Mills says track and field suffering as largely amateur sport; urges full professional identity
MILLS...the sport needs to grow its own identity as it is too tied in the minds of the global public with the Olympic Games (Photo: Joseph Wellington)

Racers Track Club founder Glen Mills says track and field needs to move past what he describes as its amateurism to truly be as lucrative as other major sports.

Amateurism in sports regards athletes competing without incentives, especially monetary ones, and this is one of the core philosophies of the Olympic Games, where athletes are believed to be competing for the love of country above all.

But many inside the athletics fraternity say that this ideal is holding back not only athletes from maximising their earnings but the sport as a whole in terms of its profile and marketing.

Mills, who coached one of the biggest stars in athletics' history, Usain Bolt, was speaking during a recent Jamaica Observer Monday Exchange, says the sport needs to grow its own identity as it is too tied in the minds of the global public with the Olympic Games, hurting its image as one of the world's top sports.

Racers Track Club head honcho Glen Mills (left) shares a light moment with his most famous client, sprint legend Usain Bolt at an edition of the Racers Grand Prix.Photo: Observer file

"It is a slave to the Olympic amateurism and if it doesn't get away from that, it is gonna die," Mills said. "It is dying and it will die eventually because, of the top 10 sports, track and field is the only one that gets its legitimacy from the Olympics. The Olympics is an amateur event. Any footballer or football country would give up all the Olympic medals for a World Cup victory or to even reach a World Cup final.

"Any basketball player would throw away all their Olympic medals for just an NBA title, so would a tennis player, a boxer for a world championship, and I could go on and on and on."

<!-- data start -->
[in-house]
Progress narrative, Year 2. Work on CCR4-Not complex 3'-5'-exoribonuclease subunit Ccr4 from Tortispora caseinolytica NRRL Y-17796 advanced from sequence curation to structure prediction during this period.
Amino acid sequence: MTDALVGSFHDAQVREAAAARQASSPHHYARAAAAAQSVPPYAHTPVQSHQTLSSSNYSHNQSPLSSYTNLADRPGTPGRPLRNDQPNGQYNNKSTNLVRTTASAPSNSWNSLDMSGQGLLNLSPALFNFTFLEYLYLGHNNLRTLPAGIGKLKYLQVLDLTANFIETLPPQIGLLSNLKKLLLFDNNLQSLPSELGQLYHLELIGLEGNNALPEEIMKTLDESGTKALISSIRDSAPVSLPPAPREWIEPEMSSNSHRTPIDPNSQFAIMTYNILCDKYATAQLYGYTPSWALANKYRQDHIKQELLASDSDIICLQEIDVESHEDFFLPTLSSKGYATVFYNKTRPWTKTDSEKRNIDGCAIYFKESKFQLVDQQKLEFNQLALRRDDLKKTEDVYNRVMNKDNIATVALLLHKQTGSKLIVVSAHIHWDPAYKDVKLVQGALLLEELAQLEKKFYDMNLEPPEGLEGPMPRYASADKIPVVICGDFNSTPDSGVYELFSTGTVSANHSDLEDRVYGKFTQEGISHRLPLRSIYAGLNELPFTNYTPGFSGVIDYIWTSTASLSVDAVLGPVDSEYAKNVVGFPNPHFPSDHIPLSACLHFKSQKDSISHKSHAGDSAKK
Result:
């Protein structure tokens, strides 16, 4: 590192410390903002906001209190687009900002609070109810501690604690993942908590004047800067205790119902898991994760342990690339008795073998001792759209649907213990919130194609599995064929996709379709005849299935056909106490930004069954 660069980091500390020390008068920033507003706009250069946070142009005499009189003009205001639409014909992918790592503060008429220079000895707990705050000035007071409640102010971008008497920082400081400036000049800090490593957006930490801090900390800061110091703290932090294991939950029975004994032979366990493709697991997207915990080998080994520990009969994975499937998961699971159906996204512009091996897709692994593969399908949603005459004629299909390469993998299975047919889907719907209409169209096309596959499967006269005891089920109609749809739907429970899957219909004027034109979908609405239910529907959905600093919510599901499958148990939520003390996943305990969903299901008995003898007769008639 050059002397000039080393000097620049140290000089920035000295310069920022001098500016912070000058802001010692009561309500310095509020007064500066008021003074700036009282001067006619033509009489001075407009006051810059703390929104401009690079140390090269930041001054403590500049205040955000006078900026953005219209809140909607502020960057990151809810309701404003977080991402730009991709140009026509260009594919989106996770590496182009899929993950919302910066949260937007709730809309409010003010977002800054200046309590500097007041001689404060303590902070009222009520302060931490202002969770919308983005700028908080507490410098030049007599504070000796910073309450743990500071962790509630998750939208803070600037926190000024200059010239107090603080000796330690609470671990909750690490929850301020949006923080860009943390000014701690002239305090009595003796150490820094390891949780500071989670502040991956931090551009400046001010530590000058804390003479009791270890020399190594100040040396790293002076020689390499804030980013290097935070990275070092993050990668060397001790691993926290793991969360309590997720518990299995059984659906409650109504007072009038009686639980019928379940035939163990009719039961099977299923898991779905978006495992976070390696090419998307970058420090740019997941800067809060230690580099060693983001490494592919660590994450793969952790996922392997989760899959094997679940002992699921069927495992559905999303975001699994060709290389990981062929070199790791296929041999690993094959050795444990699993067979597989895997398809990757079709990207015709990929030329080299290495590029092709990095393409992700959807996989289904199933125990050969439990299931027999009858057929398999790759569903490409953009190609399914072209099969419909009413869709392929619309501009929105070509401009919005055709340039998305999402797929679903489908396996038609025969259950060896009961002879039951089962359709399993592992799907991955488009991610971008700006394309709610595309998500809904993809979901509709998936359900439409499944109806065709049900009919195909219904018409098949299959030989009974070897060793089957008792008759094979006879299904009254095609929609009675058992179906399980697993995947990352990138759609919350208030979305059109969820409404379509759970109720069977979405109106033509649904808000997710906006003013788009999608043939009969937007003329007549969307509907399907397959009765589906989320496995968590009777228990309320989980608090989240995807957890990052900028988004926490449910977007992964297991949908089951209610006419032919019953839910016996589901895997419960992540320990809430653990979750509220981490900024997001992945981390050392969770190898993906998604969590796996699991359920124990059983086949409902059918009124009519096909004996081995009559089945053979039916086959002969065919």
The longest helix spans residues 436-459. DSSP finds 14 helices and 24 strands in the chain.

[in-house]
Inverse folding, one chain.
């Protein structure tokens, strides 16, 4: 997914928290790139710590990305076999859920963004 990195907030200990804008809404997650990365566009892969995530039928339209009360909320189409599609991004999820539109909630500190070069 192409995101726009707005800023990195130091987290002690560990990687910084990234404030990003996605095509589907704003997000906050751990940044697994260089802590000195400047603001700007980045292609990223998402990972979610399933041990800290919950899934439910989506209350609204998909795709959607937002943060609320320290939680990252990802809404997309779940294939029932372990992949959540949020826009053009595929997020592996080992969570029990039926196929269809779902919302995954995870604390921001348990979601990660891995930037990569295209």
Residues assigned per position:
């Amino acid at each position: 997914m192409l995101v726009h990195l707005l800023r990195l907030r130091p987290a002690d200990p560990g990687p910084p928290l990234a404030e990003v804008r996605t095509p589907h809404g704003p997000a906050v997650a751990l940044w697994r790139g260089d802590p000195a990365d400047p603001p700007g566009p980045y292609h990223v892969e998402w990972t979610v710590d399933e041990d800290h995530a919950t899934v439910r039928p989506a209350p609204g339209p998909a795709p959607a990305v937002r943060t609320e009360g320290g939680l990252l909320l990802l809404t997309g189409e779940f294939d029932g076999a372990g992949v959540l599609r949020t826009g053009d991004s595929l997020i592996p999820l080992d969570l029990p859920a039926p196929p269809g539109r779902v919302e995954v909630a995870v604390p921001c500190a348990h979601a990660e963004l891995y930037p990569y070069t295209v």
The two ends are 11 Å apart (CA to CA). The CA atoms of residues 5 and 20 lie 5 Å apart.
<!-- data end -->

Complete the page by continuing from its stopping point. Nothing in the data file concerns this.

While the Olympic Games is one of the biggest global sporting events, Mills says it is secondary to football's most prestigious tournament, the FIFA World Cup. This, he says, means that athletics is in serious trouble since it is so identified by its association with the Games.

"Until track and field can develop that independence that the World Championships is bigger than an Olympic medal then, it is gonna die," he said. "Even the International Olympic Committee is trying to remove some of the track and field events from the programme. They made the first step but track and field hung on to them [the events].

"Track and field needs to be made a real professional sport and the way to do that is to take away the restrictions. For example, an athlete cannot wear a shirt with a sponsor printed across their chest. In football, when you see players out there, it's like a billboard."

More incentives brought into the sport, through sponsorships, and even prize monies on offer would, in Mills' eyes, generate more interest and curiosity from worldwide audiences.

"The prize money for winning the 100m and breaking the world record is like US$60,000 (over J$9 million)," he said. "That's no money. If you make the prize money US$1 million (over J$155 million), the value of it creates interest. When someone hears it's US$1 million, they get excited. People want to see it because it's expensive. When you hear of a tournament and the prize is US$15 million (over J$2.3 billion) you're gonna wonder what they're playing for, for so much money. That is what drives us. Until track and field decides to get an executive director to commercialise the sport and really put it on the map and really get rid of all the shackles, [nothing will change]. It can, but it has to create its own identity."

Mills is now preparing for the return of the Racers Grand Prix, a three-and-a-half-hour meet at the National Stadium at 6:30 pm this Saturday.

The meet, which is a World Athletics Continental Tour – Silver event, will feature some of the biggest names in track and field, although Mills has said he is still working to add more high-profile athletes to the start lists.

Among those already confirmed are world champions Jamaican Shericka Jackson; American Noah Lyles; Nigerian Tobi Amusan, the 100m hurdles world record holder; Olympic champion Hansle Parchment; former Olympic champion and 400m hurdles world record holder Dalilah Muhammad of the United States; former Olympic champion Wayde van Niekerk, the 400m world record holder from South Africa; and American world champion Christian Coleman, who clocked a wind-aided 9.78 seconds to beat Nyles (9.80) and Jamaican Ackeem Blake (9.87) in the 100m at the USATF Bermuda Grand Prix on May 21.

Racers Track Club's Oblique Seville and Zharnel Hughes will also be competing over 100m and 200m, respectively, with Seville going up against Coleman and Hughes taking on Lyles.

Racers Grand Prix.
BY RACHID PARCHMENT Digital sports coordinator parchmentr@jamaicaobserver.com

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